Biogen Files Aducanumab BLA for Alzheimer Disease


Biogen’s biologics license application for aducanumab is supported by the phase 3 EMERGE and ENGAGE trials. The company has also requested a priority review designation.

Michel Vounatsos

Michel Vounatsos

Biogen today announced that following a planned meeting with the FDA, it has completed and submitted a biologics license application (BLA) for its investigational agent aducanumab for the treatment of Alzheimer disease.1

The BLA submission is supported by data from the phase 3 EMERGE (NCT02484547) and ENGAGE (NCT02477800) clinical trials, in addition to the phase 1b PRIME (NCT01677572) study. Biogen noted that it has requested a priority review designation, as if approved, aducanumab would become the first treatment for the reduction of clinical decline in Alzheimer, as well as the first to demonstrate clinical benefit through amyloid-beta removal.

“Alzheimer’s disease remains one of the greatest public health challenges of our time. It robs memories, independence, and eventually the ability to perform basic tasks from the people we love,” said Michel Vounatsos, chief executive officer, Biogen, in a statement. “The aducanumab BLA is the first filing for FDA approval of a treatment that addresses the clinical decline associated with this devastating condition, as well as the pathology of the disease. We are committed to driving progress for the Alzheimer’s disease community and look forward to the FDA’s review of our filing.”

EMERGE (n= 1638) and ENGAGE (n = 1647) featured patients with early-stage Alzheimer disease—mild cognitive impairment (MCI) and mild Alzheimer disease dementia (Mini-Mental State Examination [MMSE] scores, 24—30). ENGAGE did not meet its primary end point, though Biogen claims that a subset of data from the study is supportive of the outcome in EMERGE. The trials had been planned to be discontinued in March 2019, only to reverse course later on, based on the findings of an analysis of an expanded dataset from EMERGE.2,3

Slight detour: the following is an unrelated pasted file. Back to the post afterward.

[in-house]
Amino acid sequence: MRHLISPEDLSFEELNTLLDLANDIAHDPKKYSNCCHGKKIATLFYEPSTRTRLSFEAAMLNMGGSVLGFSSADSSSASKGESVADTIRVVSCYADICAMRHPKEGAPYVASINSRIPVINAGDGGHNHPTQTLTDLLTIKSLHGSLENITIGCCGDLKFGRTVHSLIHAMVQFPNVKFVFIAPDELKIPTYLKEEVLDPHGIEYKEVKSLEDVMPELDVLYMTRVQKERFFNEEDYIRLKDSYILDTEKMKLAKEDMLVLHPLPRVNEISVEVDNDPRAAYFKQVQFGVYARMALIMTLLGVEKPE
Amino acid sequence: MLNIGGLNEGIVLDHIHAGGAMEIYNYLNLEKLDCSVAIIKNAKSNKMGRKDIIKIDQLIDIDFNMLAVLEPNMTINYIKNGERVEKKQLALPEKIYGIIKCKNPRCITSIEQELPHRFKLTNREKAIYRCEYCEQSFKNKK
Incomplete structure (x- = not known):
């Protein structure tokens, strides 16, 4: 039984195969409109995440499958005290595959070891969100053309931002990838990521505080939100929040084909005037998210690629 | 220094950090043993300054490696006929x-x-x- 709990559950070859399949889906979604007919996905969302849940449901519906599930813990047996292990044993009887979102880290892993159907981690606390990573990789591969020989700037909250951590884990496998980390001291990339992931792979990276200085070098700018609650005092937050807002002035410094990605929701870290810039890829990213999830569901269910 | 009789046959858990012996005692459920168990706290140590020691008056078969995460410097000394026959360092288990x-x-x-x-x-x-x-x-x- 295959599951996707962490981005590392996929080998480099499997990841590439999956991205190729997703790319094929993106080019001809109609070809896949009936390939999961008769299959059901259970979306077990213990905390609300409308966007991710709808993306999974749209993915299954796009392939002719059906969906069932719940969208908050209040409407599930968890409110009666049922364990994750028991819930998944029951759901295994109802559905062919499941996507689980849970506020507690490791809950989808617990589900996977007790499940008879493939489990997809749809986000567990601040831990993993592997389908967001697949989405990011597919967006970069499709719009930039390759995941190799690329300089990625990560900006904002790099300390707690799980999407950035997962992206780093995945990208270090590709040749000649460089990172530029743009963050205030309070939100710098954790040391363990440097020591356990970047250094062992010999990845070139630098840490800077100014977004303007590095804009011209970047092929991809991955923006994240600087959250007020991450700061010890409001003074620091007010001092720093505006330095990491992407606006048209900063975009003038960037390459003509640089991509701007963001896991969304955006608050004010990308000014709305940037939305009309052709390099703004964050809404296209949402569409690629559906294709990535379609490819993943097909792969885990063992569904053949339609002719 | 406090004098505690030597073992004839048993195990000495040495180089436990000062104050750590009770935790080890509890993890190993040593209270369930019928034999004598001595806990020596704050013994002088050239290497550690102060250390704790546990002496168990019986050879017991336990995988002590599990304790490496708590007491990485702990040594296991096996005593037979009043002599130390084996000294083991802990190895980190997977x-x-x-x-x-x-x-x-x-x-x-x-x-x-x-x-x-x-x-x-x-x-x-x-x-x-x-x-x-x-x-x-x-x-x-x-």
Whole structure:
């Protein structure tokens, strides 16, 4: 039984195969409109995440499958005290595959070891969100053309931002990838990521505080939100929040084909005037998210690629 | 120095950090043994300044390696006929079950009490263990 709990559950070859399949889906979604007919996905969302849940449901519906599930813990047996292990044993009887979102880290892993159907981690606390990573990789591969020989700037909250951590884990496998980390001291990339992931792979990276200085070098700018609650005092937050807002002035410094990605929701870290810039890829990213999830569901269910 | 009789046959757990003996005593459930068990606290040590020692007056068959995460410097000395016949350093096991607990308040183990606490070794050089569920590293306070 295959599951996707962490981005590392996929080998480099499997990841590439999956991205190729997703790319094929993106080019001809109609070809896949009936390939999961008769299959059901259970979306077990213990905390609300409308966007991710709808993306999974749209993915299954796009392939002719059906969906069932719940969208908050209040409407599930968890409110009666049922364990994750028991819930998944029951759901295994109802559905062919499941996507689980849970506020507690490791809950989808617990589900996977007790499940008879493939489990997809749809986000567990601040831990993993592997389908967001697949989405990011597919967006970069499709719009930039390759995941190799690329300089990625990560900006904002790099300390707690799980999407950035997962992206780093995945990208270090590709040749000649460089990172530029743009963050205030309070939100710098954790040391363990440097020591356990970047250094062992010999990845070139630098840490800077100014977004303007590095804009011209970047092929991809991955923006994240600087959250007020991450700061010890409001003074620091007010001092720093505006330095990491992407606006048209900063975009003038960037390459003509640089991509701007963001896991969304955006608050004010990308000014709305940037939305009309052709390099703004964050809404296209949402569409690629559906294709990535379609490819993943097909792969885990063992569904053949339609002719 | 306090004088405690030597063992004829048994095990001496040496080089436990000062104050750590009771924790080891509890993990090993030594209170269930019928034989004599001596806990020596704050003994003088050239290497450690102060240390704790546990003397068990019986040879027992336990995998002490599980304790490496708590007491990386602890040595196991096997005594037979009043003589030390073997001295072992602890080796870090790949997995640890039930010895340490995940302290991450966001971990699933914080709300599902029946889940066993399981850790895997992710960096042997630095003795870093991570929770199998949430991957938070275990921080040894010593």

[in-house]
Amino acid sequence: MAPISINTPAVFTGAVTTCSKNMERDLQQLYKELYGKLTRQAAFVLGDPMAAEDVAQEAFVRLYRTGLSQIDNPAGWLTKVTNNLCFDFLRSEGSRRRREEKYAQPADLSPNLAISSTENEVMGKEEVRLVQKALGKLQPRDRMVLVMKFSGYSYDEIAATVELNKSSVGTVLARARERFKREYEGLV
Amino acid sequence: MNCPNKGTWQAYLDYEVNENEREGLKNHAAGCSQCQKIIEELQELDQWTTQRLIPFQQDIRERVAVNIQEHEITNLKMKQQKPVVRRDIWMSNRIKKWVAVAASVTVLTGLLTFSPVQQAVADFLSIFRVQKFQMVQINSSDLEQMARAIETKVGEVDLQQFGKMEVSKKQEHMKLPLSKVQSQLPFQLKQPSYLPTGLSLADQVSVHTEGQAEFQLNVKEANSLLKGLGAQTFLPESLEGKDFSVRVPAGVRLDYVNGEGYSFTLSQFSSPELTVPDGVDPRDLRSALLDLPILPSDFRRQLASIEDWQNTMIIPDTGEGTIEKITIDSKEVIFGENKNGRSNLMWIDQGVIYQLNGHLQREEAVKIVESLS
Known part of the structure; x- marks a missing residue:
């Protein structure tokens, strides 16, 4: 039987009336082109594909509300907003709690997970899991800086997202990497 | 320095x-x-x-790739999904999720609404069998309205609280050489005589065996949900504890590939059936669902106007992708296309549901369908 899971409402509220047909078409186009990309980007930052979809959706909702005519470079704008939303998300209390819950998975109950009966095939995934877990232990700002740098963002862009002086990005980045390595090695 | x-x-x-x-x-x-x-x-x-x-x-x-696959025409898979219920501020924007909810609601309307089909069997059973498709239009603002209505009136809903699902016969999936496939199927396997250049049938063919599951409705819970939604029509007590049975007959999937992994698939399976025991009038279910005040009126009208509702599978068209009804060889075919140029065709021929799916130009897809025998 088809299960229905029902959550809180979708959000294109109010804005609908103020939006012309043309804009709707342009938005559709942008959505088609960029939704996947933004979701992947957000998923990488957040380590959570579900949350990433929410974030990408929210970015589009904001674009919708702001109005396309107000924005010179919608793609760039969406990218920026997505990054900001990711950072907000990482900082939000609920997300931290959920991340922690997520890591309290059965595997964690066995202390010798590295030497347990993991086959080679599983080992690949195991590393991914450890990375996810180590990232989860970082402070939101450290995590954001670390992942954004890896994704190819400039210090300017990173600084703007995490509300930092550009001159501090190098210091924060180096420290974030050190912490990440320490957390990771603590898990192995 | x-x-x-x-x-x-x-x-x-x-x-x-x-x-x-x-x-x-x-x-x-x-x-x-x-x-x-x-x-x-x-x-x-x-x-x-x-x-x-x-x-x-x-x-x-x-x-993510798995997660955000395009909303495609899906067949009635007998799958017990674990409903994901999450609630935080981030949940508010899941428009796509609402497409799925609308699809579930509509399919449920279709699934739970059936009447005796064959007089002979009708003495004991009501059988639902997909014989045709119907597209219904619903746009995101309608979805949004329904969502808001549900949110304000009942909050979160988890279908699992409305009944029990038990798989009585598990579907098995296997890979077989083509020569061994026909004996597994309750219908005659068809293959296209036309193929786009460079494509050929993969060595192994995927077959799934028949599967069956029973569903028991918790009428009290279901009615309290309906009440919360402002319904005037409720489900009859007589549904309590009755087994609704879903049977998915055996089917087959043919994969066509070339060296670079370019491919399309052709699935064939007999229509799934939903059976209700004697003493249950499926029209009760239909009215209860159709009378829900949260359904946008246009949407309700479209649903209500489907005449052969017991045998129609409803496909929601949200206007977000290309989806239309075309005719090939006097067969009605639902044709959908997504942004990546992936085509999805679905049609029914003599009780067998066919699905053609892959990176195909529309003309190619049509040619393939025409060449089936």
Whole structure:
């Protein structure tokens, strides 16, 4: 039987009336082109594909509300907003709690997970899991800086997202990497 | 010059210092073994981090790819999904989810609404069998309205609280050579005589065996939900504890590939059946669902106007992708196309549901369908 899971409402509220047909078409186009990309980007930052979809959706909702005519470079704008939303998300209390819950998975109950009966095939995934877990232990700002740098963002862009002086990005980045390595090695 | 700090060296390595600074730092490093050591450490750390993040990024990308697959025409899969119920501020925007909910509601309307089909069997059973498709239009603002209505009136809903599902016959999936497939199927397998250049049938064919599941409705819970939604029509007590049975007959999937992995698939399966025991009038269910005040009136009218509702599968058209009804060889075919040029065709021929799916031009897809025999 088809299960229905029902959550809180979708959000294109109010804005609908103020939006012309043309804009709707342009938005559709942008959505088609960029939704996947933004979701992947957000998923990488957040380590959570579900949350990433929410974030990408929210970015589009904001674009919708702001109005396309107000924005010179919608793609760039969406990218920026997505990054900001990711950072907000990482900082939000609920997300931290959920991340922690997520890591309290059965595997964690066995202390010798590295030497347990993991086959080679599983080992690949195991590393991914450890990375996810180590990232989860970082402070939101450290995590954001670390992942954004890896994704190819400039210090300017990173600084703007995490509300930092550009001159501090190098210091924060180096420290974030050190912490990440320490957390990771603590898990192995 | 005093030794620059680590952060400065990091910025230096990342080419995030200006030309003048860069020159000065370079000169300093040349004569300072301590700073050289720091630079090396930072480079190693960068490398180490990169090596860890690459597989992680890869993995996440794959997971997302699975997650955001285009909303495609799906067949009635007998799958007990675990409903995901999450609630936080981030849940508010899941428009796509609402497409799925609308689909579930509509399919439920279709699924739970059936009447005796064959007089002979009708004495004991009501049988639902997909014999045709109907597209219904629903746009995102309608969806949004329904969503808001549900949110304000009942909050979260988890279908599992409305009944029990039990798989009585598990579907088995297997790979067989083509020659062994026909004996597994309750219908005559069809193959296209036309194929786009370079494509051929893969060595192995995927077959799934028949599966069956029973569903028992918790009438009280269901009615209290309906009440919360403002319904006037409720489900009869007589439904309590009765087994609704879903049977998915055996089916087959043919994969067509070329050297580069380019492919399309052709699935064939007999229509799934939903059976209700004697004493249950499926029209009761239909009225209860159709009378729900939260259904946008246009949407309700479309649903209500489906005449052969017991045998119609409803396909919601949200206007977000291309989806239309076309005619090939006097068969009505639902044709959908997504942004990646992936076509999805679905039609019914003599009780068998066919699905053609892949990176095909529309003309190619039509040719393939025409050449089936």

James Kupiec, MD, chief medical officer for ProMIS Neurosciences, noted to NeurologyLive that this re-analysis of the larger dataset showed that aducanumab was effective in slowing the progression of Alzheimer at a higher dose, and then data released at the Clinical Trials in Alzheimer’s Disease (CTAD) meeting in San Diego in December 2019 strengthened its potential to become the first disease-modifying therapy (DMT) for Alzheimer. "This stunning reversal not only resurrected hope for a near-term therapy for Alzheimer, it also—perhaps more importantly—reinvigorated innovation supporting next-generation therapies that demonstrate more precise selectivity for amyloid-beta oligomers, not amyloid-beta plaque. At CTAD, Biogen provided additional analyses to support their conclusion: high-dose, long-duration aducanumab exposure can modify the Alzheimer process and provide clinical benefit," Kupiec wrote.

“For many people living with the early stages of Alzheimer’s disease, maintaining independence for as long as possible is the ultimate goal,” said Stephen Salloway, MD, MS, director, Butler Hospital Memory and Aging Program, Brown University, in a statement. “If we can help slow the progression from one stage to the next, this could preserve independence, which, in turn, could have truly meaningful benefits for people living with the disease and their loved ones. Aducanumab represents a potential breakthrough that we hope will provide a treatment foothold in the fight against Alzheimer’s disease.”

Those who received the agent in EMERGE reported a significant slowing of decline on measures of cognition and function such as memory, orientation, and language, as well as for activities of daily living. The trial ultimately hit its pre-specified primary end point, with high-dose aducanumab showing a statistically significant reduction of clinical decline from baseline in Clinical Dementia Rating-Sum of Boxes (CDR-SB) scores at the 78-week point (22% versus placebo; P = .01).